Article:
Tuesday, September 09, 2014

Tour de Donut: Bad Comedy and Bad Pace

This past Saturday, September 6, was the 2014 Tour de Donut in Arcanum, Ohio.  And, by the way, I've heard local people there pronounce it as both "Ar-CAN-um" and "Ar-CANE-um."  So I still don't know which is correct.

Let's get the bad comedy and excuses out of the way first.  As I said, the TdD was on Saturday, in Arcanum.  When I got out of bed Friday morning, in Leo, Indiana, I didn't know if I was going or not.  The reasons are somewhat complicated.  Thursday afternoon, about two hours before I was due to depart for my part-time semi-unretirement job at the Home Depot up in Auburn, I was pushing the mower around the front yard, trying to simultaneously harvest the out-of-control grass and ease my conscience.  As I was doing so, I mowed over a ground-wasp colony's front door, not suspecting it was there.  The inhabitants came out and let me know of their displeasure by stinging me multiple times about the left eye, behind the right knee, and on the lower right ribs.  It's funny how, in the space of just a few seconds, life can go from "situation normal" to "what the hell just HAPPENED?".  The wasp stings were painful, but not life-threatening.  However, the main way they hurt me was by inspiring an automatic, panicked, adrenaline-fueled jump and sprint across the yard, all the while trying to brush wasps away from my eye, resulting in the temporary loss of my glasses.  You see, at my age, such a violent burst of speed, without any warmup, is more or less a guarantee of pulled muscles, and by the time I got to the house, my left hip and buttocks had me hobbling very slowly indeed.  I got the stings calmed down a little, took some naproxen sodium (generic "Aleve"), and heroically went and worked my 6 hours at the Depot, where I got some odd looks, probably from my left eye being swollen near-shut.  When I got up Friday morning, I thought I'd better climb aboard my bicycle and see if I could even ride it.  I did so, and was agreeably surprised that, while walking was still difficult, cycling felt close to normal.  It seemed reasonable to expect substantial further improvement by Saturday morning, so I decided to head over to Arcanum.

In past years, I've overnighted at the Methodist church downtown, where they offered a deal: sleeping bag space on the floor, plus a very good spaghetti supper, $25.  This year, they apparently discontinued the deal, and no one had replied to my emails of inquiry during the past few months.  Oh, well.  My fallback plan was to sleep in the space available in the Arcanum Fieldhouse: no charge, no food, no air conditioning.  I arrived there in late afternoon.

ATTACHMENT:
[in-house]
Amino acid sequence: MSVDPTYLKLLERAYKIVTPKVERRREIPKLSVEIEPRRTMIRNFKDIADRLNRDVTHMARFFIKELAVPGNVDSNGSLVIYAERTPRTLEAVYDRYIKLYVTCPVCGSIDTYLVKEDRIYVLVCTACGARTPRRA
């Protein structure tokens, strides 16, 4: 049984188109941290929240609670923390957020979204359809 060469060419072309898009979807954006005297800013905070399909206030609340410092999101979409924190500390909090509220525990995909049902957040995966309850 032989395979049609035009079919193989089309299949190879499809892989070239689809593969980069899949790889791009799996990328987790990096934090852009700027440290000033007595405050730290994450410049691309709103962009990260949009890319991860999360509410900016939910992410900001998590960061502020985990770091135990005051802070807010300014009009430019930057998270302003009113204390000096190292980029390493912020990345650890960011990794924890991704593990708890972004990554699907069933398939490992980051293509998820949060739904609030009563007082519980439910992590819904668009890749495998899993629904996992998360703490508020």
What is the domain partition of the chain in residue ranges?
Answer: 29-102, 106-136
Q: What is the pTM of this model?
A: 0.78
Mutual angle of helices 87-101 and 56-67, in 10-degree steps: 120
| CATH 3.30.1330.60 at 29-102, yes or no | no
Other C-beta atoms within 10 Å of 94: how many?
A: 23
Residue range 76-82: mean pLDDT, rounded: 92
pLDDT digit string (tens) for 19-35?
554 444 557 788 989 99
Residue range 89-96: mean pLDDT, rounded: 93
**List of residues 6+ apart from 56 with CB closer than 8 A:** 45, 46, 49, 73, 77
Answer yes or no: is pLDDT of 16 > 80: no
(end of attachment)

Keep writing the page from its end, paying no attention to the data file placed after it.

Sign-in was in the gym; sleeping space in the hallway alongside.

Having picked an unused bit of the hallway, I inflated my air mattress, deployed my sleeping bag, and had that warm, fuzzy feeling that I knew where I'd be putting my head down overnight.  The remaining problem that we all had was that the building isn't air-conditioned, and the weather was hot and humid.  I simply lay on top of the bag, and sweated.  In the morning, I didn't roll it up and return it to its stuff bag, since I'd left it rather damp.

One thing I didn't notice: I was across the hall from the entrance to the ladies' room.  Bad planning.  There was much traffic in and out through the night, and every time the door opened, the light spilled forth.  I'll try to remember next time.
There was rain overnight, and Saturday morning was cooler, but still very humid.  The overcast was solid, and we did have light drizzle through most of the race, but not enough to be troublesome.  In due course, I put on my bike shorts, my Redbud Ride jersey, and a liberal coating of "Chamois Butt'r" where it would do me the most good, and rode the few blocks from the Fieldhouse to the starting area, which is George Street, just west of Main.  I waited a bit, and soon the kids' races were underway.  Very cute, the kids were.

A young rider warms up for a two-block kids' race.  Good fun seemed to be had by all.
As the 8:30 start time got closer, the street began to crowd up a bit.  As usual, when the start came, the street was so crowded that you basically couldn't clip in and start riding until you were going across the timing mats.  But: no crashes, no problems.

As start time neared, I joined the flow of people into the street itself.  We still had a while to wait there.
In past years, there were two available distances: the 16-mile "Mini-Donut," and the 32-mile "Full Donut."  (The full, by the way, isn't actually the advertised 32 miles long; it's really 30.77.  More on that later.)  This year, an additional option was offered: the 64-mile "Double D."  That's the one I registered for.  It consists simply of two laps of the Full Donut course, which means that it isn't really 64 miles; it's 61.54 miles.  Not that the distinction is particularly important.  Race organizer Roger Bowersock, in his pre-start megaphone briefing, offered people a way to back off from the Double D; he said that, after completing one lap and arriving at the timing mats, you could either continue with your second lap or stop, have your donut count recorded, and thus compete in the Full Donut instead.  Considering how few people I saw on the course during my second lap, I think lots of people took the bailout option.